Registrations are trending in the same direction but at a higher rate.  Revenue projections in 2008/2009 are $335,397 from 7,445 registrations.  In 2005/2006 TWHBEA registered 13,366 horses, therefore projections are for a 44% decline in the last three years.  Registration projections come from a formula of 50% of the mares bred registering a horse with TWHBEA.  Inman pointed out that “2009 will be a tough year in the breeding business, thus 2010 will see a decline in registrations and the associated revenue.”
 
Transfers fall in line with the above membership and registration numbers.  Projections in 2008/2009 are for 11,330 transfers equaling $420,125 of revenue.  The number of projected transfers is down 32% from 16,703 in 2005/2006.
 
Inman did point out the positive effect of the amnesty program in 2008.  “We have credited over 500 new horses to the amnesty program instituted by this executive committee in 2008 which not only helped revenue but also helped improve the integrity of the registration,” said Inman.  Inman was asked about another amnesty program in 2009 however he felt it was too soon for another amnesty period.  “I don’t think we would see the same type of affect this soon and we don’t want people to expect one each year and wait to register their horse,” concluded Inman.
 
Inman also noted that almost 50% of the revenue from registrations comes from late fees charged to members.  Inman asked for an approval of the budget and received a unanimous approval.  Inman was thanked for his service repeatedly and given appreciation for the return of stability to the association.
 
A big burden was lifted in 2008 with the settlement of the National Walking Horse Association lawsuit over copyright violations.  Chuck Cheek, honored the night before as the TWHBEA Member of the Year, gave a synopsis of the settlement.  He also commented on the resolution of the outstanding legal fees due Bone McAllister and reported that resolved as well.  Cheek donated his time in both cases to the association.  Cheek summarized, “we have closed the final chapter on the lawsuit and I congratulate you on your victory.”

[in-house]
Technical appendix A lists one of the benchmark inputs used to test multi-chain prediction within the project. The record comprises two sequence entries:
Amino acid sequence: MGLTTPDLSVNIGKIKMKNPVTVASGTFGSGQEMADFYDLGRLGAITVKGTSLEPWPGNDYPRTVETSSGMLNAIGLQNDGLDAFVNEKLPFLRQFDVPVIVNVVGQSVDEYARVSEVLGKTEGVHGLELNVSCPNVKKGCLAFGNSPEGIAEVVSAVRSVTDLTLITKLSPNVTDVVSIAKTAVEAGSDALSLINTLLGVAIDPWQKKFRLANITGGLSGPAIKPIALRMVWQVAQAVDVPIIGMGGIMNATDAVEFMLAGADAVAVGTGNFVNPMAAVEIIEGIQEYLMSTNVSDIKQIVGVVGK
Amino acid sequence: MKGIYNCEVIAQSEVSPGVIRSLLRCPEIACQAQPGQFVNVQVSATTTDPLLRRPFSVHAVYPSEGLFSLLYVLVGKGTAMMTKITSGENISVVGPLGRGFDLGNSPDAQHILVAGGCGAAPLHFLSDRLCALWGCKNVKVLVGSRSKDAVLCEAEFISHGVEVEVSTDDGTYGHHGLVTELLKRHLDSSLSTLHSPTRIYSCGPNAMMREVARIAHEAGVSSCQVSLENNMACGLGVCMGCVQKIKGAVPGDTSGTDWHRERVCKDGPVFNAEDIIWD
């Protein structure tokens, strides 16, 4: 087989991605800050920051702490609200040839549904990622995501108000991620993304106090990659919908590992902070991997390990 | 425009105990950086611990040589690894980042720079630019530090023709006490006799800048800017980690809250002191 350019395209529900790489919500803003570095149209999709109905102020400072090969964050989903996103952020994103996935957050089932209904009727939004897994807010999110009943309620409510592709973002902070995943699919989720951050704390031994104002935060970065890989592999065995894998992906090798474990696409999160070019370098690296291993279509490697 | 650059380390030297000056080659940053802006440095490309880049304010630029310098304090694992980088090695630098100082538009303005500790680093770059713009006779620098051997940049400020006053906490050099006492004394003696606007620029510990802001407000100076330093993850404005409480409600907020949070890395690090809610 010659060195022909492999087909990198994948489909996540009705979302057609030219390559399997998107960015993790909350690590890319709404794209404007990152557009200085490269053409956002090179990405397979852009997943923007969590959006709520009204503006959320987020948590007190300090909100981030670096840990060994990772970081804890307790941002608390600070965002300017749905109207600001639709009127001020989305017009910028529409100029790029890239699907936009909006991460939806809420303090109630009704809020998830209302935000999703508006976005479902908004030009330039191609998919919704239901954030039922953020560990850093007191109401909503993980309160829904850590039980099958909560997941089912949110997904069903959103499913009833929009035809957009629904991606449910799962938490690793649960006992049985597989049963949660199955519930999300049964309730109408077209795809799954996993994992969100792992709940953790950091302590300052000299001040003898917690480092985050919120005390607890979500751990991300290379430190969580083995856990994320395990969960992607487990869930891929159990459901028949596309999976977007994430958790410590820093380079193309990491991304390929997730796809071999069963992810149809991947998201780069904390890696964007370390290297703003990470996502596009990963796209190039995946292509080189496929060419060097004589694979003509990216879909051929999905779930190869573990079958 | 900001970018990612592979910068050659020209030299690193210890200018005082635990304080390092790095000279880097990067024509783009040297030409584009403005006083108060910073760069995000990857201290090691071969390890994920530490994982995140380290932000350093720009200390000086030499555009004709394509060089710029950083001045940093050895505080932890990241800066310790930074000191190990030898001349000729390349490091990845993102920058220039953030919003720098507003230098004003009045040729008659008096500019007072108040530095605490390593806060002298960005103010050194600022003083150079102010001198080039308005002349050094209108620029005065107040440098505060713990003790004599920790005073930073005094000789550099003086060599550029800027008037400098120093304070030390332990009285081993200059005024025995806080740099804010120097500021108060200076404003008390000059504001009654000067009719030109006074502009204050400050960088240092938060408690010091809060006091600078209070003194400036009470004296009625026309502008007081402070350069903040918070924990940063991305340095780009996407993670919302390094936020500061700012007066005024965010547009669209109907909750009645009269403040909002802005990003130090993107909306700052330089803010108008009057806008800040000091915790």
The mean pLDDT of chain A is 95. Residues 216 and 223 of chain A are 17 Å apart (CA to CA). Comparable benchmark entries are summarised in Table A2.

The election of the new executive committee was in stark contrast to 2007 when every seat was contested.  In 2008, Darren Gray and the nominating committee presented a slate of officers that saw only two seats contested with nominees from the floor.  Walt Chism was nominated by Charles Gleghorn to run against Robert Thomas for Senior Vice-President and Mary Ellen Areaux was nominated to run against Dee Dee Sale for the VP Breeders’.
 
Chism pointed to his years of service in the industry and to his profession of breeding.  “I am a breeder,” said Chism.  He went on to point out that he had served previously on the executive committee and was on the executive committee that created the position of executive director, instituted monthly meetings of the executive committee, hired a pleasure horse coordinator and restructured the fees.  “These initiatives allowed the membership to grow to over 20,000 members and in the last 10 years we have seen these numbers go down,” said Chism.  He concluded, “I think I know how to stop the downward spiral.”
 
Thomas is one of the few that can match the level of experience of Chism so the election provided a vote between two very experienced and previous executive committee members.  Thomas pointed out “yes, breeding is a problem, but I will focus on a multitude of areas and facets besides just breeding.”  He also commended the current executive committee, “the day you were elected in this room was the best day for the association.”  He continued, “I support this executive committee and agree with its policies and will work with them to continue.”  After all votes were counted Thomas defeated Chism 62 votes to 23 votes. 
 
Mary Ellen Areaux, from the Dallas, Texas area was next to take the podium and spoke to her 40 years of experience in the industry as a breeder.  She commented regarding breeding, “in Texas we breed differently, we breed for trail, color, etc., not just for show ring performance.”  She concluded, “this is still a promotion of the breed.”  Areaux has also started breeding internationally and spoke to the importance of this for all breeders across the country.